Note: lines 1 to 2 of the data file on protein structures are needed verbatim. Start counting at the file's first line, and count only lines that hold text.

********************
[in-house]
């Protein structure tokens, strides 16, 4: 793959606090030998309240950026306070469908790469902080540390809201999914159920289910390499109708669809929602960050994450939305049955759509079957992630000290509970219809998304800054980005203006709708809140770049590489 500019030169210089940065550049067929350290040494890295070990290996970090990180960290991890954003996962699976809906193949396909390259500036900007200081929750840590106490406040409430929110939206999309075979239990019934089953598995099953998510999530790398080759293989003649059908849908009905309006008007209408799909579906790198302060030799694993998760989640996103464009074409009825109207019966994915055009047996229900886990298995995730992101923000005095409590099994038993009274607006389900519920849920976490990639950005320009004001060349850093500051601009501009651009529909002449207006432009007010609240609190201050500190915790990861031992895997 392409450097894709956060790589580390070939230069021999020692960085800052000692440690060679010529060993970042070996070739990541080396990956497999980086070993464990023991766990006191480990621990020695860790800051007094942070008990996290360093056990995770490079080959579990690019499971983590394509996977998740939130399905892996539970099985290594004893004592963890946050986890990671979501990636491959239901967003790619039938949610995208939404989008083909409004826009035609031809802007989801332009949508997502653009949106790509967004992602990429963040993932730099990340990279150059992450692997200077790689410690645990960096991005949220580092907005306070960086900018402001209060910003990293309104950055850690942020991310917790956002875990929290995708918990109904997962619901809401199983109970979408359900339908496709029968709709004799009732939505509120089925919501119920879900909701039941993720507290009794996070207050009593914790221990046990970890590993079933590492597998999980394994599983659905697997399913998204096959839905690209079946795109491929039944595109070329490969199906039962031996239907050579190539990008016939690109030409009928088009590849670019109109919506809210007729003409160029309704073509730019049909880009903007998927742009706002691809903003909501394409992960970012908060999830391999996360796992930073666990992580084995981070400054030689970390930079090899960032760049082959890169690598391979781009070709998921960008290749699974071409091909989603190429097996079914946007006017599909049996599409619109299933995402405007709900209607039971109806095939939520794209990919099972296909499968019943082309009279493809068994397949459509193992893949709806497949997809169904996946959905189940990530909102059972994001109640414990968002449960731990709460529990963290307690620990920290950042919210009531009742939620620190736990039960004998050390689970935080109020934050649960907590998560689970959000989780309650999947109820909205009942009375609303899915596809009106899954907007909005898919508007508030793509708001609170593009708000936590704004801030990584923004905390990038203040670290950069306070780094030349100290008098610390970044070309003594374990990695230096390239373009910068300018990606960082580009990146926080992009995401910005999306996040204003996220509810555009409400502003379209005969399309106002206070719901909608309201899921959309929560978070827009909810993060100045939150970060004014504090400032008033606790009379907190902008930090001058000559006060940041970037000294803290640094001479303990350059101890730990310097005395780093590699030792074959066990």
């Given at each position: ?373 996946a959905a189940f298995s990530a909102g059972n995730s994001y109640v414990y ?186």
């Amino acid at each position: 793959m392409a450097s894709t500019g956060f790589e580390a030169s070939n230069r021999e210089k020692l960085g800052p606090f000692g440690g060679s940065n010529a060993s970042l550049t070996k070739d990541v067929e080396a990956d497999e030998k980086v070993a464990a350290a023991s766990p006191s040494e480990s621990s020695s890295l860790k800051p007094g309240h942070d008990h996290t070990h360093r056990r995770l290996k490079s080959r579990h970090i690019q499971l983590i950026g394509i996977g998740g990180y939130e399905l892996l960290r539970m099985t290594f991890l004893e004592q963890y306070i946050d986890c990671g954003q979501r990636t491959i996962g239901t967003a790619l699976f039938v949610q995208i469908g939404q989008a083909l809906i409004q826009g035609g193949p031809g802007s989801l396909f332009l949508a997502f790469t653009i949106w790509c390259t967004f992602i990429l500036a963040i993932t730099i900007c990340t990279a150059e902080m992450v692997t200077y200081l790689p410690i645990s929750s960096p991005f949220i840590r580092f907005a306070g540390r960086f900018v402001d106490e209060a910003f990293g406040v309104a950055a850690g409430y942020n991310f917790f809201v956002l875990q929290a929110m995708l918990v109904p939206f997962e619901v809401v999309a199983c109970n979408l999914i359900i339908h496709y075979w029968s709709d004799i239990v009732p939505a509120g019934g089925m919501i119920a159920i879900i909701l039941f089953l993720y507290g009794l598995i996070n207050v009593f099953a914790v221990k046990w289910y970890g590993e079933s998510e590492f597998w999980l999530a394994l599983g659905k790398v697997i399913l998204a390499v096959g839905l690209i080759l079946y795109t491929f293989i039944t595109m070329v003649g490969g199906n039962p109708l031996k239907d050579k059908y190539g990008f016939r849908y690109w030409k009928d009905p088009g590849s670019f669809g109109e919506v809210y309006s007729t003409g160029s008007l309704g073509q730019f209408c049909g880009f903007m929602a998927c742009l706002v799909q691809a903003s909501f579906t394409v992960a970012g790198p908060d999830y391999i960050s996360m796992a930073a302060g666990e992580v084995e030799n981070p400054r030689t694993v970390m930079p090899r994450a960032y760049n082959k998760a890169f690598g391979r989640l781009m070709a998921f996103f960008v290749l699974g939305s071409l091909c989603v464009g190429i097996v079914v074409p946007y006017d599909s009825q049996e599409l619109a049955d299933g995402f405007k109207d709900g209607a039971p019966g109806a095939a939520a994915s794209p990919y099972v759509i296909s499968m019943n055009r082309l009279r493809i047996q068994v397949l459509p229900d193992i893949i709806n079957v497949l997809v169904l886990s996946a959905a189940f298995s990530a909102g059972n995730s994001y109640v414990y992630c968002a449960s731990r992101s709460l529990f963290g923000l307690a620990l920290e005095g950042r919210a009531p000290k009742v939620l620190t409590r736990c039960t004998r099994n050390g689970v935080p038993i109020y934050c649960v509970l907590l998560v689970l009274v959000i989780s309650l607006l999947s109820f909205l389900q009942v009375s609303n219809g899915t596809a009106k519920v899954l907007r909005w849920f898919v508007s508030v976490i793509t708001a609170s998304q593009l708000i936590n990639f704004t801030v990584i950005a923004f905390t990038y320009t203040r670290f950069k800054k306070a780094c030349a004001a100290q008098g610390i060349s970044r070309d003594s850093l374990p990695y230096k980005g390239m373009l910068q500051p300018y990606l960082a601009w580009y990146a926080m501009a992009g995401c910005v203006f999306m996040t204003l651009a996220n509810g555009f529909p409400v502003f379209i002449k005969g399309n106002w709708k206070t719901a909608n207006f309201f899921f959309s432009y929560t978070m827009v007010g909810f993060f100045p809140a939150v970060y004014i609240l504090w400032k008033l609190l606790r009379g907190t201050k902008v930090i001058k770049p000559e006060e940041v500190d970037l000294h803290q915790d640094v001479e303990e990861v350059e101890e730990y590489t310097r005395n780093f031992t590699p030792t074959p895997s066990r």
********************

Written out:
[in-house]
């Protein structure tokens, strides 16, 4: 793959606090030998309240950026306070469908790469902080540390809201999914159920289910390499109708669809929602960050994450939305049955759509079957992630000290509970219809998304800054980005203006709708809140770049590489 500019030169210089940065550049067929350290040494890295070990290996970090990180960290991890954003996962699976809906193949396909390259500036900007200081929750840590106490406040409430929110939206999309075979239990019934089953598995099953998510999530790398080759293989003649059908849908009905309006008007209408799909579906790198302060030799694993998760989640996103464009074409009825109207019966994915055009047996229900886990298995995730992101923000005095409590099994038993009274607006389900519920849920976490990639950005320009004001060349850093500051601009501009651009529909002449207006432009007010609240609190201050500190915790990861031992895997 392409450097894709956060790589580390070939230069021999020692960085800052000692440690060679010529060993970042070996070739990541080396990956497999980086070993464990023991766990006191480990621990020695860790800051007094942070008990996290360093056990995770490079080959579990690019499971983590394509996977998740939130399905892996539970099985290594004893004592963890946050986890990671979501990636491959239901967003790619039938949610995208939404989008083909409004826009035609031809802007989801332009949508997502653009949106790509967004992602990429963040993932730099990340990279150059992450692997200077790689410690645990960096991005949220580092907005306070960086900018402001209060910003990293309104950055850690942020991310917790956002875990929290995708918990109904997962619901809401199983109970979408359900339908496709029968709709004799009732939505509120089925919501119920879900909701039941993720507290009794996070207050009593914790221990046990970890590993079933590492597998999980394994599983659905697997399913998204096959839905690209079946795109491929039944595109070329490969199906039962031996239907050579190539990008016939690109030409009928088009590849670019109109919506809210007729003409160029309704073509730019049909880009903007998927742009706002691809903003909501394409992960970012908060999830391999996360796992930073666990992580084995981070400054030689970390930079090899960032760049082959890169690598391979781009070709998921960008290749699974071409091909989603190429097996079914946007006017599909049996599409619109299933995402405007709900209607039971109806095939939520794209990919099972296909499968019943082309009279493809068994397949459509193992893949709806497949997809169904996946959905189940990530909102059972994001109640414990968002449960731990709460529990963290307690620990920290950042919210009531009742939620620190736990039960004998050390689970935080109020934050649960907590998560689970959000989780309650999947109820909205009942009375609303899915596809009106899954907007909005898919508007508030793509708001609170593009708000936590704004801030990584923004905390990038203040670290950069306070780094030349100290008098610390970044070309003594374990990695230096390239373009910068300018990606960082580009990146926080992009995401910005999306996040204003996220509810555009409400502003379209005969399309106002206070719901909608309201899921959309929560978070827009909810993060100045939150970060004014504090400032008033606790009379907190902008930090001058000559006060940041970037000294803290640094001479303990350059101890730990310097005395780093590699030792074959066990």